McKinsey, the organization that lives on PowerPoint, had an unofficial Rule of Threes during my short stint– as in no slide should have more than three bullet points on it because that was all the typical audience member could hold in their head during the time it took the expensive consultant to present the slide. McKinsey was into numerology in general and the place should have had the Pareto Principle inscribed over the door as its motto (the “80/20” rule). I admit I stick to the Rule of Threes to this day.
My theory about the abuse of the numbered list in online headlines is the corruption of editorial good sense by the scuzzy underworld of Search Engine Optimization and the Tyranny of Metrics. Let’s turn to the experts at the Content Marketing Institute, enter in the search term “lists” and what do you know? In a post entitled “Content Strategy: 9 Secrets for Awesome Blog Post Titles“, Tracy Gold writes in item number 5:
“We all groan about numbered lists in blog posts. But the truth is, they work. In our research, titles that began with a number performed 45 percent better than the average.
“Another approach is to start with a keyword and include a number later in the title. Take “Content Marketing Checklist: 22 To-dos for SlideShare Success,” for example. We tested both title types, and when the headline started with a keyword, it actually performed slightly better.
“While one approach to this method is to work more numbered lists into your blog content strategy up front, you can also use a numbered list in a post after it’s written. Is the post split up into sections? Can those sections be numbered? Boom. But again, don’t mislead your readers — make sure a numbered list format actually fits the content of your post.”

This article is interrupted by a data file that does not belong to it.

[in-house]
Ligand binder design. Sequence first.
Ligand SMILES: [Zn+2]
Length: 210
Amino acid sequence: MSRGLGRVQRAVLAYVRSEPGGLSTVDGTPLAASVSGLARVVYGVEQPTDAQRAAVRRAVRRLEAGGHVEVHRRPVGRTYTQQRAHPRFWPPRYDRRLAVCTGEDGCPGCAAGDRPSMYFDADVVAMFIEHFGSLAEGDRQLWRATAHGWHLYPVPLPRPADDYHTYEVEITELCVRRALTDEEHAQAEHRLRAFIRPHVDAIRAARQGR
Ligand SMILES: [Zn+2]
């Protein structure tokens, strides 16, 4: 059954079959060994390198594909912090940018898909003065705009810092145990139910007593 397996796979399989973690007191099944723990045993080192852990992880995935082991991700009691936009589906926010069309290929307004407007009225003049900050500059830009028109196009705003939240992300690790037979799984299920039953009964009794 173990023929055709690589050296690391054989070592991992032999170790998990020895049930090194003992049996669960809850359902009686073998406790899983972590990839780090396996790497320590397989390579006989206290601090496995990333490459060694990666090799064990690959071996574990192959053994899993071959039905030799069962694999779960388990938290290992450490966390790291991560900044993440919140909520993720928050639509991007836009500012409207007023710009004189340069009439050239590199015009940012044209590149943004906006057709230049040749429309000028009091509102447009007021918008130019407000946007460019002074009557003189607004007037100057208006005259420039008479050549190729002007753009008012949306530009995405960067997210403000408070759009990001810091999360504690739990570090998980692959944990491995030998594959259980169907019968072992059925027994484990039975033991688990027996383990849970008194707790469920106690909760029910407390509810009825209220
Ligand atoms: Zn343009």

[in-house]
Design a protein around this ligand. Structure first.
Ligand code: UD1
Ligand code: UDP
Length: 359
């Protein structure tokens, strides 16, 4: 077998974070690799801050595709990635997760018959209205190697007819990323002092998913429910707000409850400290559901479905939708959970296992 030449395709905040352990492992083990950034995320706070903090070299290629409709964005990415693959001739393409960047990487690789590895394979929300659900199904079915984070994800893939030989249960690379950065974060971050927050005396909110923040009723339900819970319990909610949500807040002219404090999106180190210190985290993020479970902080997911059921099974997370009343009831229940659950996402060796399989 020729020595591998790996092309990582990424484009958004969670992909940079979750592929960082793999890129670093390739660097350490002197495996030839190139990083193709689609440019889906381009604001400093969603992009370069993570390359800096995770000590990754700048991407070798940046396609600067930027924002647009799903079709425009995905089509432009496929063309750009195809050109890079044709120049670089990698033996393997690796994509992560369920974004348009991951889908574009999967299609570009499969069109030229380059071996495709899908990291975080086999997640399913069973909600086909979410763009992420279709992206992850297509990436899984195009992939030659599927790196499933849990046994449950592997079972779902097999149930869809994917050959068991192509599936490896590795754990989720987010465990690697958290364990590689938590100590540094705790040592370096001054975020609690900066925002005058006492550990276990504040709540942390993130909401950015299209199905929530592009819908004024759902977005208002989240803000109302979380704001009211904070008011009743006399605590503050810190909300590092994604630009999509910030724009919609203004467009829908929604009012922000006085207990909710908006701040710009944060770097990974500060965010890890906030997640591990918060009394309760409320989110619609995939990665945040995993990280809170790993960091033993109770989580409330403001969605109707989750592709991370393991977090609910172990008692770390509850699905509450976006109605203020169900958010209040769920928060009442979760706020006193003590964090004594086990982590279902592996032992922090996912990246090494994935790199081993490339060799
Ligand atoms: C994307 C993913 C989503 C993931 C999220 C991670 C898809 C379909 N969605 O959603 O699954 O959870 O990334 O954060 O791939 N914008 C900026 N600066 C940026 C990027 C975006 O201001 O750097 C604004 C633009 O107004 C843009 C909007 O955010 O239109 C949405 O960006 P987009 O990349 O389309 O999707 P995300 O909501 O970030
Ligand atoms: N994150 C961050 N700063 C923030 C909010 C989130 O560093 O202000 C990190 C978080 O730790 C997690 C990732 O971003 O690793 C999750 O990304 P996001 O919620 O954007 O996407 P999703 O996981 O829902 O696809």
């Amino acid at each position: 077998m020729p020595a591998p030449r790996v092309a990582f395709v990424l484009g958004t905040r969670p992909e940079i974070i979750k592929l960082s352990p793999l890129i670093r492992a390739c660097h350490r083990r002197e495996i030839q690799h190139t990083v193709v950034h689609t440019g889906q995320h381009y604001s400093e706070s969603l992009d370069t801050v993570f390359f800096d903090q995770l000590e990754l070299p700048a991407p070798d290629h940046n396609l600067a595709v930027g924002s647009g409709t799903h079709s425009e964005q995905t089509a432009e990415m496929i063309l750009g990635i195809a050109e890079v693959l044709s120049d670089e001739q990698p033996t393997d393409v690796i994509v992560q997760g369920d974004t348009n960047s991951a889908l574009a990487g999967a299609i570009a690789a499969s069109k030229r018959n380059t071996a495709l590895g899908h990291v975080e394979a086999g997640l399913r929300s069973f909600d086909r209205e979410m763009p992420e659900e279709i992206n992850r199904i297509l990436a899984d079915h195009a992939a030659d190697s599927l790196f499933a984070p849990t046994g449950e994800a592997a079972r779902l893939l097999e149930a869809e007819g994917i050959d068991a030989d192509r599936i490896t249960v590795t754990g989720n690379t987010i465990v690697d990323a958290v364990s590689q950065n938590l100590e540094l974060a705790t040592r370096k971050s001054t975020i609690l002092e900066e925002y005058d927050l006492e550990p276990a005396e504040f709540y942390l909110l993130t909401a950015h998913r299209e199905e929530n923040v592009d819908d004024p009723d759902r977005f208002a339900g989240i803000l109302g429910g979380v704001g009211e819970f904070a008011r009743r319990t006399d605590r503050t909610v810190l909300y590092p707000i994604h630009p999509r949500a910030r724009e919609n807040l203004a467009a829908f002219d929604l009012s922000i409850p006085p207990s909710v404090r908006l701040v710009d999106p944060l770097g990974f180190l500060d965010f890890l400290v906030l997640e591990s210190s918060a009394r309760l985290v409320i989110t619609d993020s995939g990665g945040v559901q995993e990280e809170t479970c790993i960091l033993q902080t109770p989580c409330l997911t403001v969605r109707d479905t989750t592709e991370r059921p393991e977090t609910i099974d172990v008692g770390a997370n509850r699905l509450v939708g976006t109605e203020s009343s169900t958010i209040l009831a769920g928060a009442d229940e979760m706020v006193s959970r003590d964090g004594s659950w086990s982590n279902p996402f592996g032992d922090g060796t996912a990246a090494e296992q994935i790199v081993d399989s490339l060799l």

Now we know the secrets of the masters. My theory is by announcing ahead of time how many pieces of b.s. the reader will have to digest, they figure they aren’t in for a reading of Procopius History of the Early Church and can snack on the info before their Adderall buzzing brain clicks them away.
Before closing, let me digress back to USA Today and my indoctrination into the art of the list.
I worked at a newspaper — The Lawrence Eagle-Tribune — that rented its color presses to print the New England edition USA Today at night, receiving the pages via satellite and then churning out the colorful McPaper so familiar to residents of the Marriott Courtyard Suites. This close relationship unfortunately colored the judgment of Eagle-Tribune editor-in-chief Dan Warner, who decided that Al Neuharth was a visionary genius and that the Tribune’s staff would learn to write lists instead of stories and develop “infographics” about Why We Love Ice Cream,” complete with a cartoon of a melting ice cream cone, a gushing thermometer and some made up statistic about what flavors “We” preferred.